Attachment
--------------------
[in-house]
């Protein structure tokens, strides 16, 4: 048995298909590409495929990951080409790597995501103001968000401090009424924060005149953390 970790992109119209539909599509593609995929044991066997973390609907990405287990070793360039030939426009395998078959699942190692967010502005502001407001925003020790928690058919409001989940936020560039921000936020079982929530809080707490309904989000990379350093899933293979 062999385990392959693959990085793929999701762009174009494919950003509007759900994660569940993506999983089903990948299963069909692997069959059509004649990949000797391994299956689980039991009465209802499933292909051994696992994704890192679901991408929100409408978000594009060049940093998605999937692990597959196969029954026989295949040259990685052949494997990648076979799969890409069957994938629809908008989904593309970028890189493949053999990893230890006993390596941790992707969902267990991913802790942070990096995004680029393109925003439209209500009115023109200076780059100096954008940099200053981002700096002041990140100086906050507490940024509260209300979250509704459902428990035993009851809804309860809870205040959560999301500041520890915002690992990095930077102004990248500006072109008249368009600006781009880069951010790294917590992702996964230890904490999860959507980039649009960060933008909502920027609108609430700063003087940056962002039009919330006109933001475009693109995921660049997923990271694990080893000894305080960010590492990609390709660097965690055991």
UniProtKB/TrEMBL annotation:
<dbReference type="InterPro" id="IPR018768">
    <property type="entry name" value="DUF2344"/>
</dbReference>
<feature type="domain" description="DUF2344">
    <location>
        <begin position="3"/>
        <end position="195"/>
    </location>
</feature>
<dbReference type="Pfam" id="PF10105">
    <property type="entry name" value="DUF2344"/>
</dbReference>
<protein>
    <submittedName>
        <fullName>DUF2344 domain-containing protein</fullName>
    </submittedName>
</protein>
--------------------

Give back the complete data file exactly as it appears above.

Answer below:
[in-house]
């Protein structure tokens, strides 16, 4: 048995298909590409495929990951080409790597995501103001968000401090009424924060005149953390 970790992109119209539909599509593609995929044991066997973390609907990405287990070793360039030939426009395998078959699942190692967010502005502001407001925003020790928690058919409001989940936020560039921000936020079982929530809080707490309904989000990379350093899933293979 062999385990392959693959990085793929999701762009174009494919950003509007759900994660569940993506999983089903990948299963069909692997069959059509004649990949000797391994299956689980039991009465209802499933292909051994696992994704890192679901991408929100409408978000594009060049940093998605999937692990597959196969029954026989295949040259990685052949494997990648076979799969890409069957994938629809908008989904593309970028890189493949053999990893230890006993390596941790992707969902267990991913802790942070990096995004680029393109925003439209209500009115023109200076780059100096954008940099200053981002700096002041990140100086906050507490940024509260209300979250509704459902428990035993009851809804309860809870205040959560999301500041520890915002690992990095930077102004990248500006072109008249368009600006781009880069951010790294917590992702996964230890904490999860959507980039649009960060933008909502920027609108609430700063003087940056962002039009919330006109933001475009693109995921660049997923990271694990080893000894305080960010590492990609390709660097965690055991």
UniProtKB/TrEMBL annotation:
<dbReference type="InterPro" id="IPR018768">
    <property type="entry name" value="DUF2344"/>
</dbReference>
<feature type="domain" description="DUF2344">
    <location>
        <begin position="3"/>
        <end position="195"/>
    </location>
</feature>
<dbReference type="Pfam" id="PF10105">
    <property type="entry name" value="DUF2344"/>
</dbReference>
<protein>
    <submittedName>
        <fullName>DUF2344 domain-containing protein</fullName>
    </submittedName>
</protein>